In tenth grade I attended a camp that Dave Slafkosky, a legendary defensive coach from Maryland, was teaching at. I inhaled his lessons about defense. He spoke about positioning, communication, and hard sliding, but he gave one nugget of information that I will forever remember. He said, “Gordon. Your first check should always be a poke check right to the guy’s stomach.” In the context of a youth game, this is very good advice. Typically, young players cradle with both hands. As a result, their stick runs diagonally across their body, which makes aiming a poke check at the stomach area a very high percentage check.

The other reason for throwing the first check at the center of your opponent is a mind game with the official. I usually remind our AYL coaches that my hand goes to my flag when I see a player wind up for a big check, since, more often than not, the stick is coming down hard on the helmet, shoulder, or back. When I see a wind up I profile that player as someone I need to watch, but when I see a player throw a hard poke check towards his opponent’s stick I profile that player as a safe/smart individual. Often, my first observation on a player’s behavior prove correct. So coaches, remind your player’s that officials pay attention to the high, wind up swings, and will focus on players who repeat that checking motion.

Now let’s talk about the “I’m Beat,” or desperation check. Here’s the situation:

  • Red player gets burned by Blue player on a roll dodge. Blue player spins around and chases Red player with his stick outstretched behind him with one arm. Red goes to shoot, and in the process of shooting, Blue swings his stick overhead. He hits Red’s stick and then ricochets hard into Red’s helmet, drawing a one-minute slash penalty.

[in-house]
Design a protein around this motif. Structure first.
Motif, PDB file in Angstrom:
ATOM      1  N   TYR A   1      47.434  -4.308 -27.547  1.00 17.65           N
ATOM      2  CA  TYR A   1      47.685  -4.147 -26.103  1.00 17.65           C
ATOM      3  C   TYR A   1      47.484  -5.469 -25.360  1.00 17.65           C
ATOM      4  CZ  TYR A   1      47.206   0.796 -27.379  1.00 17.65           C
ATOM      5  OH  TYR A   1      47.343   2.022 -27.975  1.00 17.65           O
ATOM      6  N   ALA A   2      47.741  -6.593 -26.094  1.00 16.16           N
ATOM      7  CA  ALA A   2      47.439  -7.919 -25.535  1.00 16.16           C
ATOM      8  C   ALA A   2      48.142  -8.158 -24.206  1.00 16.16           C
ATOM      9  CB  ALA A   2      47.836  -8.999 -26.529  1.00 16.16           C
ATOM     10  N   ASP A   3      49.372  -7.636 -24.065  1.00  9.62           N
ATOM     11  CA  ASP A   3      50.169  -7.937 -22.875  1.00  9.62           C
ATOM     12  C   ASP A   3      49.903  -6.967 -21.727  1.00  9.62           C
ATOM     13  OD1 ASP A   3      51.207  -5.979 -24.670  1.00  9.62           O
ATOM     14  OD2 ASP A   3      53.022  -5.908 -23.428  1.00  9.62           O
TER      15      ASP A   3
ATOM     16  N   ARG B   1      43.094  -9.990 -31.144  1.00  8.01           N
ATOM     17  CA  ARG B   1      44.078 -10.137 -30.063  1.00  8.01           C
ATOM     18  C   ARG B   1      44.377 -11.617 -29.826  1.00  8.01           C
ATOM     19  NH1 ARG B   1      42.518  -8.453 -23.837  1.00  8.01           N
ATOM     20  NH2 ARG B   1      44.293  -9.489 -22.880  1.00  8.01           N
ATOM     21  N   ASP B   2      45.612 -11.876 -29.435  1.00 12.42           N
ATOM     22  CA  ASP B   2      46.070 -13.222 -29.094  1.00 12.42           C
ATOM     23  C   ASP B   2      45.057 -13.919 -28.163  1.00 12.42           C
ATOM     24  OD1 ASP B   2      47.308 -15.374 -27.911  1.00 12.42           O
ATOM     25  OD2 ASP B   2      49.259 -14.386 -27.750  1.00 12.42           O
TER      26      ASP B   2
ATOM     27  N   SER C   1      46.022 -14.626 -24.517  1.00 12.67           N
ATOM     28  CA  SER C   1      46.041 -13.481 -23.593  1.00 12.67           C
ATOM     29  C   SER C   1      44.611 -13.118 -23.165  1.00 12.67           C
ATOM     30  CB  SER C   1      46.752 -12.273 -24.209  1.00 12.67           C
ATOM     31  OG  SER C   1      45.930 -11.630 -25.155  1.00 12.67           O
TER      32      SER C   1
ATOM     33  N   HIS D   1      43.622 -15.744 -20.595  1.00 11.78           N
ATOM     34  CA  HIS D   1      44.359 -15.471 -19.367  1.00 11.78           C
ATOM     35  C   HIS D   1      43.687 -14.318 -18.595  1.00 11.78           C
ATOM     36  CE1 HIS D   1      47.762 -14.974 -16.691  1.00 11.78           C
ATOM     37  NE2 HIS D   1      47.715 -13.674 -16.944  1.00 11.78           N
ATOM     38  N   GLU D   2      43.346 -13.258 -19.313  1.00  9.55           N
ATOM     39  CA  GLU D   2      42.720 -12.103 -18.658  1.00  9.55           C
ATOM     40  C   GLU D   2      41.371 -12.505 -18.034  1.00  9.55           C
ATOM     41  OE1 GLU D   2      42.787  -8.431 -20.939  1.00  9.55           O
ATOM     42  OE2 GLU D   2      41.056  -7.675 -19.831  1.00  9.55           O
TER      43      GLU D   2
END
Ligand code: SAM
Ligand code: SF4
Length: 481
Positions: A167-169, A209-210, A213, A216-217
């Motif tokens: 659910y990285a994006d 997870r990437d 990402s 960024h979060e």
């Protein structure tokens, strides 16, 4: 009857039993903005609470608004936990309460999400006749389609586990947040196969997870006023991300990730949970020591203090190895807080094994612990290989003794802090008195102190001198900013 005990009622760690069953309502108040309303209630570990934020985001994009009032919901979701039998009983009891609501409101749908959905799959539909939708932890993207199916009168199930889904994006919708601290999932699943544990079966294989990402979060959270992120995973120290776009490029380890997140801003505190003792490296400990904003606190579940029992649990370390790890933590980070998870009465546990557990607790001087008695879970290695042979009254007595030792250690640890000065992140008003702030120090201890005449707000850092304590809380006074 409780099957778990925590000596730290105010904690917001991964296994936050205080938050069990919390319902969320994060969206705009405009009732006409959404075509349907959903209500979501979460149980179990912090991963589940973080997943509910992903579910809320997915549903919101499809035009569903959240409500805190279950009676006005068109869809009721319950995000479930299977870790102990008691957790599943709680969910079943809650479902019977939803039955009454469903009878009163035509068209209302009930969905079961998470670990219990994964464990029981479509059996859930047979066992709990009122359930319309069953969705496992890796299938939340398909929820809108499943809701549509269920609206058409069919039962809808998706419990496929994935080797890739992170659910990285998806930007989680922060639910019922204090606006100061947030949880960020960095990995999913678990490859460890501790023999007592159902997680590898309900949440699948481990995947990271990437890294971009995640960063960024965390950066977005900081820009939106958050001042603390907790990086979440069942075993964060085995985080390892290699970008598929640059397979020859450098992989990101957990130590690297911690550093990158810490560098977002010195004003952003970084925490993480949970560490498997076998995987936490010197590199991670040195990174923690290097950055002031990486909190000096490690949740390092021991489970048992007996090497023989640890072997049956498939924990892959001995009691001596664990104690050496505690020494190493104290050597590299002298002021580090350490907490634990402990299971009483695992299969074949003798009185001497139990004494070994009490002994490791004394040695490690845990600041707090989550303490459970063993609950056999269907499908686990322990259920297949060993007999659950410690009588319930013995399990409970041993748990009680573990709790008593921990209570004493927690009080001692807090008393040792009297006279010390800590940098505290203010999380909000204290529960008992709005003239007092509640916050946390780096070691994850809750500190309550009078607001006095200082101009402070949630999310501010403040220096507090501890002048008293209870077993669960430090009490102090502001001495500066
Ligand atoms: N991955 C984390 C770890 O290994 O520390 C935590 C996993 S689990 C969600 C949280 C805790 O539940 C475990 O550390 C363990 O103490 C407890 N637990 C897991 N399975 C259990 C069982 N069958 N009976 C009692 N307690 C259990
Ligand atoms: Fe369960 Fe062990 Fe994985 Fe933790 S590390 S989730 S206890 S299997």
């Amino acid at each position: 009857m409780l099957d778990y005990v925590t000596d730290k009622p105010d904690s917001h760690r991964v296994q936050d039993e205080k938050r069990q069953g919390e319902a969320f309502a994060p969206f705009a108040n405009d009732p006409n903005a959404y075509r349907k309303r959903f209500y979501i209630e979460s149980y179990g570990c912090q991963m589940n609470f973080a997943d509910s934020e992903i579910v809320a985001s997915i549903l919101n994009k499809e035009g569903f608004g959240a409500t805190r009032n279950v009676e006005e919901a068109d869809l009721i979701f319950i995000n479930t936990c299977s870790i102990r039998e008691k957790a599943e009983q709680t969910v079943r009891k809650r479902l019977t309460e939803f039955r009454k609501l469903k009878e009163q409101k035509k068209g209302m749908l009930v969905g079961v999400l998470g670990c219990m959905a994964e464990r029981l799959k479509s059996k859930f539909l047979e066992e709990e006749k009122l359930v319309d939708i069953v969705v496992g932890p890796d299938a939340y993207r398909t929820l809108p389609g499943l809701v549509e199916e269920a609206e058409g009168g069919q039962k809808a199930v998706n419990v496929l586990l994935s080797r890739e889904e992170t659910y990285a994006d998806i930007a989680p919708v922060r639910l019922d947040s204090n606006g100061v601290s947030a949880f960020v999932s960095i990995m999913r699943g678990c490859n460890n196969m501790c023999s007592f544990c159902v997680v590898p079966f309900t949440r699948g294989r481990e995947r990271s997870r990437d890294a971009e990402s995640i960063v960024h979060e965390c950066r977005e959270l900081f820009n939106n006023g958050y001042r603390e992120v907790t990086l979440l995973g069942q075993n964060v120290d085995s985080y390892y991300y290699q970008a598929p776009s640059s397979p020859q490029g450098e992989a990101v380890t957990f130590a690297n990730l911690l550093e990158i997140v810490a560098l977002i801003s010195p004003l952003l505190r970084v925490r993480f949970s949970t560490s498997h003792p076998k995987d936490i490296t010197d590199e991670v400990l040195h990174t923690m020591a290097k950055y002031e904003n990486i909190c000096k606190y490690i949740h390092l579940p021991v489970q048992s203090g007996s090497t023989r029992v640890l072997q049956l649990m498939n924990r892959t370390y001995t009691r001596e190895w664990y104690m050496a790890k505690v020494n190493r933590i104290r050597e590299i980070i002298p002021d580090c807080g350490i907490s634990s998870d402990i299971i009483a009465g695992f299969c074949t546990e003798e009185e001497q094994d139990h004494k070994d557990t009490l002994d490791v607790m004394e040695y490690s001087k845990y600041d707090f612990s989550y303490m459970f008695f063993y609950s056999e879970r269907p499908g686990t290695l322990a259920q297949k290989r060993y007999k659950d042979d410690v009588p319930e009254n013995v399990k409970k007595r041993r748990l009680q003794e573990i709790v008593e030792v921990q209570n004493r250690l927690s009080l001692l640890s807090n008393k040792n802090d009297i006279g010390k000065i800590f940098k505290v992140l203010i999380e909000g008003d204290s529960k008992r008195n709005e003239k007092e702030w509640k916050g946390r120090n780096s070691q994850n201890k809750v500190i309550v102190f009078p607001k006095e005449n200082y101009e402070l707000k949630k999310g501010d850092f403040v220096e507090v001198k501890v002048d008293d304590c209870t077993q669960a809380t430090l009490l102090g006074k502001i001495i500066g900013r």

^ Think This is a Cross-Check?

^ Think This is a Cross-Check?

I defy any coach to comment that none of their players have ever committed the above infraction. The problem here is the nature of youth players. They get beat so they panic. They know they cannot let the other player score, so a gigantic wind-up check might redeem them for getting beat. Honestly, I might as well throw the flag when I see the wind up because nothing good is coming from it.

For the coaches, there is a method of teaching the desperation check that will almost always prevent a flag, and there are three parts to it:

  1. When your player gets beat the first thing they need to do is run as hard as they can to catch up to their opponent. The distance has to get picked up before a check can be applied.
  2. Do not worry about getting in front of a shooter. Why? Because the shooter is going to do one thing, and that is draw his stick behind his body in preparation for a shot. Drawing that stick back turns it into a huge target for your defensive player.
  3. Swing the final check up to the sky, not down to the ground. It is very difficult for a player to hit his opponent’s helmet checking from below the helmet. Nearly all slash calls result in the stick coming down on top on the helmet, not the other way around. In all of my private instruction sessions, I teach players to swing up on the desperation check because the chance of hitting the helmet hard enough to draw a flag is miniscule.

I have gotten beat more times than I care to remember, but learning how to properly do a desperation check saved many goals from hitting the net. Remember, the only way to eliminate the panic from getting beat is to teach effective methods of dealing with it. If coaches do not do this, the first thing a player will do is wind up and swing down wildly. So teach them the better method, and you should see your team’s penalties decrease over time.

*Note – There will be future posts expanding on this topic.

Featured Image Credit – www.ctpost.com


Personal Fouls Review

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With one weekend of games in the books it is time for a short review of personal fouls. As many of you are aware, I am working on developing a library of lacrosse penalties for the youth game. Below are each of the videos in the “Personal Fouls” series. Hopefully, they will answer any questions that new or returning players and parents have regarding the fouls they see during an average game.

If you would like to view the individual posts, which go into greater written detail, please visit this page: http://ayllax.com/category/penalties-2